I’VE LED the Canadian Association of Physicians for the Environment (CAPE) for 10 years now, and when I tell people about our organization one question I don’t often receive is: “Physicians for the Environment? What’s that?” The fact is, people get it: If you want folks to be healthy, you need to look after the planet they live on.
The involvement and leadership of doctors and nurses in environmental campaigns is one of the most hopeful developments of recent years. When health professionals talk, politicians tend to listen. And not infrequently, we win great victories.
I remember attending a 2005 city council meeting in Peterborough, Ontario, where CAPE was urging a ban on lawn-and-garden pesticides. One of our member physicians argued passionately that these chemicals increase people’s risk of cancer, birth defects and neurological illness. Next, a nurse got up and reiterated the ban’s benefits. A representative of the Canadian Cancer Society weighed in. Then a councillor rose. “We’ve heard from our doctors,” he said. “We’ve heard from health charities. We’ve heard from our nurses. How can we say no?” When the vote came, almost every councillor endorsed a ban, passing what was then the most comprehensive pesticide prohibition in Canada.
I will not soon forget that response: “How can we say no?”
Since Peterborough, doctors and nurses have spoken out repeatedly to protect both people and nature. As you’ll read in the pages of this issue, Dr. Éric Notebaert of Montreal helped to close Quebec’s Gentilly nuclear plant and set his community on a safer energy path. Doris Grinspun, CEO of the Registered Nurses’ Association of Ontario, played a central role in pressing her province to pass a cosmetic-pesticide ban, the most health-protective legislation of its kind in North America. Dr. Hilary de Veber, a Toronto pediatrician, was a key voice in the campaign to close Ontario’s coal-fired power plants, which at their peak emitted the pollution of some six million automobiles. Thanks to Dr. de Veber and her allies, the province shuttered its last coal facility in April 2014.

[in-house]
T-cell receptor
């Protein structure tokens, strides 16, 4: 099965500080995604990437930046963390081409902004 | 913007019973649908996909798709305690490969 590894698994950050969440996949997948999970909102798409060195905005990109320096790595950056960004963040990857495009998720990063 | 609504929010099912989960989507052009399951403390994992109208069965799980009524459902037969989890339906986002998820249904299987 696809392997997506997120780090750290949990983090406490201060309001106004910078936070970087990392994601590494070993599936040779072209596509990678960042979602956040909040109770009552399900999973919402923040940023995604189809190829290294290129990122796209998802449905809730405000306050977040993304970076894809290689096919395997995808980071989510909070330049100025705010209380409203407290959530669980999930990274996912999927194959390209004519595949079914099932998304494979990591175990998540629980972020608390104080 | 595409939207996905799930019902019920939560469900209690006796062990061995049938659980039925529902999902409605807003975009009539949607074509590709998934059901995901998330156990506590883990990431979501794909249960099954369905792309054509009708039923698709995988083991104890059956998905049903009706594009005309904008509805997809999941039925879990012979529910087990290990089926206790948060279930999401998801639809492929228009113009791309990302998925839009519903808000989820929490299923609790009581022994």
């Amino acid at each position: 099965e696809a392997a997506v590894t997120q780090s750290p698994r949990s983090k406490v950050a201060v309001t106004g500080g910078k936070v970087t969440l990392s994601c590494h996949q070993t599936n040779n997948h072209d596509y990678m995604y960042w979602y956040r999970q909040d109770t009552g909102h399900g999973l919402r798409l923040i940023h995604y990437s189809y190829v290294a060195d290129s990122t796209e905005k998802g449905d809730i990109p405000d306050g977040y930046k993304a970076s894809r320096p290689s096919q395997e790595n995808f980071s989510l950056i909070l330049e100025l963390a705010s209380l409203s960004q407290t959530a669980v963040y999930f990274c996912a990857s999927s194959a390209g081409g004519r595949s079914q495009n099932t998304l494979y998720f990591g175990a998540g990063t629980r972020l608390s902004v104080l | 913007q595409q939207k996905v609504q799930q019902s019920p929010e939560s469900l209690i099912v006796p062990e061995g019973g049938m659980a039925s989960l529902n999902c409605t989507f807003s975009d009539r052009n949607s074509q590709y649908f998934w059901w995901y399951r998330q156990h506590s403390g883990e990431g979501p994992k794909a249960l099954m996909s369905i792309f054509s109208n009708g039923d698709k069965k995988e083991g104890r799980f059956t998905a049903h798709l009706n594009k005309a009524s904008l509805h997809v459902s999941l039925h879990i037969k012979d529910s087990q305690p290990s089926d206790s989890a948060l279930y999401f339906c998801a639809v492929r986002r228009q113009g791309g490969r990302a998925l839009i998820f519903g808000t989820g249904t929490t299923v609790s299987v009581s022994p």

For some doctors, environmental advocacy has come at a price. Doctors David Colby and John O’Connor write about the criticism they received for speaking out, respectively, on wind power and the Alberta tar sands. Colby was attacked because he candidly reported that there was no evidence wind energy causes health problems. O’Connor was pilloried for an opposing reason: suggesting that tar sands operations could be a factor in illness among his patients. These brave physicians could have kept their heads down; no one would have complained. Instead they chose to speak and faced the consequences. I have no doubt history will vindicate them – indeed it has already begun to.
In the 1980s, International Physicians for the Prevention of Nuclear War – composed of American and Russian doctors who bridged the Cold War divide – received the Nobel Prize for its effort to make peace between the United States and the Soviet Union. The organization was a hopeful beacon in a world darkened by threats of World War III. Its members described nuclear conflict as the ultimate health issue. In 2015, we can say the same of climate change. But I am hopeful that the medical professionals represented in this issue – and many others – will help us once again to stave off planetary destruction.
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